The fact that my high school students don’t think I’m funny is kind of funny. They never laugh at my jokes . I even try telling them jokes by world famous comedians like Steven Wright. Today I said “I know a guy with a circular driveway. He can’t get out?” Not one kid laughed. They just asked questions like, “How did he get there in the first place?” “Why wouldn’t he drive across the grass?” “Why would someone have a circle driveway?” and “Do you really know a guy with a circular drive way?” Yeah, my students don’t think I’m funny and I think that’s funny, even if they’re right.

I think it’s funny that my wife thinks she’s funnier than I am. In the name of everything that’s good, I was a stand-up comedian for two years. Where does she get off? She says I have Three Stooges style humor while she has Woody Allen Humor. She’s so smug about the whole thing. And you know what? I can’t think of one funny thing my wife has ever said. I can’t give you an example of her Woody Allen style humor. But I can think of lots of funny things I’ve said. Here’s a primary example of my sense of humor.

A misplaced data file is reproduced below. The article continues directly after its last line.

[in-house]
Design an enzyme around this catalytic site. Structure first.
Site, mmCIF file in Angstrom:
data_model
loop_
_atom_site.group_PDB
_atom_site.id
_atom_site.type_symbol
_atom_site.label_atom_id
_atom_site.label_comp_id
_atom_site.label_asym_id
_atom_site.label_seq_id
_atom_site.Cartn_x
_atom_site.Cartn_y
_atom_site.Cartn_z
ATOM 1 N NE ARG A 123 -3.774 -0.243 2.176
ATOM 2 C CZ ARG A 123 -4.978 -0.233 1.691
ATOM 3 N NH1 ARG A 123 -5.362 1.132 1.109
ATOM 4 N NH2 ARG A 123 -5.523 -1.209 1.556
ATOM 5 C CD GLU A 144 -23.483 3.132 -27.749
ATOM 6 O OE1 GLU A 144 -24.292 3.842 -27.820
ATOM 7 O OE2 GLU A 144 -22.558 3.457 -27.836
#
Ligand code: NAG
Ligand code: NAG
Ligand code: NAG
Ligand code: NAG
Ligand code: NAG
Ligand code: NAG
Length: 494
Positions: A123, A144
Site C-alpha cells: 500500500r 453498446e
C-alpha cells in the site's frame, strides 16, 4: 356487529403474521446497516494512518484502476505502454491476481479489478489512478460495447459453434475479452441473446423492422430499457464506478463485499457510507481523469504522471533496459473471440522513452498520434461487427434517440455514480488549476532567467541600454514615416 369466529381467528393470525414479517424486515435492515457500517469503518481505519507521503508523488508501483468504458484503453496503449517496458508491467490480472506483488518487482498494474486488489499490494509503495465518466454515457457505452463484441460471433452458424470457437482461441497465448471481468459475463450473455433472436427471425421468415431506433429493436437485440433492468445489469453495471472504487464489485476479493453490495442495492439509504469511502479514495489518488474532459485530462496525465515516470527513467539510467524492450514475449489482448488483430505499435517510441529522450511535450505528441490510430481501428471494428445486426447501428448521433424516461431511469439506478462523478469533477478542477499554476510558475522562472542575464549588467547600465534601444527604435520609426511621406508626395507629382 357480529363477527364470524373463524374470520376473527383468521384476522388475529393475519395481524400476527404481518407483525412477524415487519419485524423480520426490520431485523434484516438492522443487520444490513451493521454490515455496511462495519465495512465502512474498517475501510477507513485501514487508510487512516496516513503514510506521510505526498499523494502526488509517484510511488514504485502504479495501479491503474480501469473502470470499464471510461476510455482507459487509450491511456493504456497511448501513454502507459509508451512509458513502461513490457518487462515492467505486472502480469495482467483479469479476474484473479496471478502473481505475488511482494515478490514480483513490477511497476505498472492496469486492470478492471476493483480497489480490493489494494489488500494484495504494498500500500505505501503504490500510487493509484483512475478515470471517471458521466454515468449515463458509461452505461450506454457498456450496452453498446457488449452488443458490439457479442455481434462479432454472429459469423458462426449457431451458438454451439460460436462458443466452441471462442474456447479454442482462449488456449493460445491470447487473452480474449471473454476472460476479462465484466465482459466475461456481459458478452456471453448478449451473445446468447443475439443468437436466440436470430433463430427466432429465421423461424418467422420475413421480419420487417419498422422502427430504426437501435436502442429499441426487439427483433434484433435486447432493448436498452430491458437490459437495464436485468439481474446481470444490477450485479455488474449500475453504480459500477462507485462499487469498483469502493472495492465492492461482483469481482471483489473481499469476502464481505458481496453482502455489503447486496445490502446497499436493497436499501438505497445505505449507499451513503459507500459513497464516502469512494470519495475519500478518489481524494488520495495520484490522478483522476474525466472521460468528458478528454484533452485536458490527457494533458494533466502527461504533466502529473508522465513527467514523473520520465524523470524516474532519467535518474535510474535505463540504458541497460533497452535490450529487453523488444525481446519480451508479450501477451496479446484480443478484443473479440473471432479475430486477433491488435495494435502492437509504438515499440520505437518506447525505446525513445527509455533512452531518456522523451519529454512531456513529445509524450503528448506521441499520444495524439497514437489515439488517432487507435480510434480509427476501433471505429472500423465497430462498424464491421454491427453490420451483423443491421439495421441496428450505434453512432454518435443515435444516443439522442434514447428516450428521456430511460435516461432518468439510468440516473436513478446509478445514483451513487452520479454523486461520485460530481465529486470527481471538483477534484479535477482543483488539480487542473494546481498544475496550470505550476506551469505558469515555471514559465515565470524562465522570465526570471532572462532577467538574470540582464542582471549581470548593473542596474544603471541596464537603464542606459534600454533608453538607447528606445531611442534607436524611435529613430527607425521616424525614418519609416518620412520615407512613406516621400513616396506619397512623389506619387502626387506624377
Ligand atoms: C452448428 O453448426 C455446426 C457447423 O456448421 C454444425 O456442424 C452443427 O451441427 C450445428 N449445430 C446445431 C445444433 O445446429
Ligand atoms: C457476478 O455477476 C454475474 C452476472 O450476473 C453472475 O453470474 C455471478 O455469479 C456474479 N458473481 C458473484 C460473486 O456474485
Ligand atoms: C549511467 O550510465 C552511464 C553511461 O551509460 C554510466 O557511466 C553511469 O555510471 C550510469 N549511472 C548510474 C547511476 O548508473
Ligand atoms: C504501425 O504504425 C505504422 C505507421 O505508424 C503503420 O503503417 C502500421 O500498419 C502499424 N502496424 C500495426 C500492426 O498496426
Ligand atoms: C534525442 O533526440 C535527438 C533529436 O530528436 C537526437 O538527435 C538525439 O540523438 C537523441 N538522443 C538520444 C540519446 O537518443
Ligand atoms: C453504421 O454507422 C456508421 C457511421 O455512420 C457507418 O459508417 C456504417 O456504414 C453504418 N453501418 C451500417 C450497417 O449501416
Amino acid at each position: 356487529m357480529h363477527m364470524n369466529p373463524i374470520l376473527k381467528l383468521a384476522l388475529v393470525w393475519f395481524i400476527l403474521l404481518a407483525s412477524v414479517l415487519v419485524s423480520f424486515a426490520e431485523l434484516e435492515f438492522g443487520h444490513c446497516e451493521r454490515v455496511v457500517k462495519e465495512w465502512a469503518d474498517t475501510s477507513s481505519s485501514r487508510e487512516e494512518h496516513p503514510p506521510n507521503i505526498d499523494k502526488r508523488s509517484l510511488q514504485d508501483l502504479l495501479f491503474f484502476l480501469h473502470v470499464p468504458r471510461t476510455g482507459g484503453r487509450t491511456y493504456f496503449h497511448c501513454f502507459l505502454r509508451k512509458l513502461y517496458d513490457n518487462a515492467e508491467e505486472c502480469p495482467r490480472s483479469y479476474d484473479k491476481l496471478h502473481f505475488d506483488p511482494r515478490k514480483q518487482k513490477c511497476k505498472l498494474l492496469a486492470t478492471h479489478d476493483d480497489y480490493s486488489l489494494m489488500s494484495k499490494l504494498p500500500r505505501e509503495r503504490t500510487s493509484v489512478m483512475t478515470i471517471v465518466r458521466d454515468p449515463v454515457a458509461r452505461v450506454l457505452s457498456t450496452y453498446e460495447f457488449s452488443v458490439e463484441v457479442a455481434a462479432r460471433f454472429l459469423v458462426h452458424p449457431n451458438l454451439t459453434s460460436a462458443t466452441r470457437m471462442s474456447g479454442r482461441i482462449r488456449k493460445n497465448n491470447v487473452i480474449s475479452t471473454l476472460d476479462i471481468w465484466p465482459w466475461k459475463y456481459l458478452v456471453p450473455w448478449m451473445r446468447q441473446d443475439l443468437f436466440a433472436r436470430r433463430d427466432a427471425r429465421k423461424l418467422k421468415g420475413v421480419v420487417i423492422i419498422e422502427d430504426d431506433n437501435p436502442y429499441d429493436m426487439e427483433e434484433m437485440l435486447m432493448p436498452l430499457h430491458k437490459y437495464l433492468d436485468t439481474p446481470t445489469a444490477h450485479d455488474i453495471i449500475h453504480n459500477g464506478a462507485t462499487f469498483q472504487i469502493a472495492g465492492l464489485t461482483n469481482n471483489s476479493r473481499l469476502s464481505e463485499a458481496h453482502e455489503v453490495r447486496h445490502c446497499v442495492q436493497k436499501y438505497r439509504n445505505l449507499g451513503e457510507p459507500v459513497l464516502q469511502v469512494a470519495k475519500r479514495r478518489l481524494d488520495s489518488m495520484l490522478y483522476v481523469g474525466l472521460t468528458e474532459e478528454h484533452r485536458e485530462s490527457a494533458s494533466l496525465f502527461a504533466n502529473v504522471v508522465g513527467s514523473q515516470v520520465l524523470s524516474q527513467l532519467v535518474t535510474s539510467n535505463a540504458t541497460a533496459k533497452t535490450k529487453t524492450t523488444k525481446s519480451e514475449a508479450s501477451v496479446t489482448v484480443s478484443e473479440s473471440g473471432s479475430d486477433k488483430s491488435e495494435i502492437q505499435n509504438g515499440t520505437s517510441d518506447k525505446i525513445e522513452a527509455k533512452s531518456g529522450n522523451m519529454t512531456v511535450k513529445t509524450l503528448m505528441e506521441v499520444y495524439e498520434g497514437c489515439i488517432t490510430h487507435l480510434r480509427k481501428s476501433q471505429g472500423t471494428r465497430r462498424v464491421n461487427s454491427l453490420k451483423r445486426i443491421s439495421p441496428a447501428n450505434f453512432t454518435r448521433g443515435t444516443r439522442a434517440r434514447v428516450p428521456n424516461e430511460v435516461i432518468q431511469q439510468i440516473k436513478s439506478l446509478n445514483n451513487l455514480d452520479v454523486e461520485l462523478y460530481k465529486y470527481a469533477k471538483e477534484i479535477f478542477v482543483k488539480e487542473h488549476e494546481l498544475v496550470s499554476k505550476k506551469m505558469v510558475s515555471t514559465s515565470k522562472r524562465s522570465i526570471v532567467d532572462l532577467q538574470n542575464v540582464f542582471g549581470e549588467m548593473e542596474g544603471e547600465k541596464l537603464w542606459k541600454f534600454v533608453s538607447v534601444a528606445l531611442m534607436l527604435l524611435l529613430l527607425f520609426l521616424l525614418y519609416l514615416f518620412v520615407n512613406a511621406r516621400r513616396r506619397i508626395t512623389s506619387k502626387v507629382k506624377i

My father-in-law was cleaning out his truck and I was standing around keeping him company. He picked up an old milk crate and asked if I could use it.

“Use what?” I asked.

“This.” he said, nodding down toward the box.

“That?” I asked

“Yeah, you want a box?”

And I shot back with, “Not today Wayne, but I’ll wrestle you if you want.”

Now that’s humor, baby. It’s so funny that the last time we were finishing up out meals at a restaurant and the waitress asked if I was finished, I made it a point to say yes so she could say, “want a box?” And of course I snapped back with, “Not really miss, but I’ll wrestle you if you want.”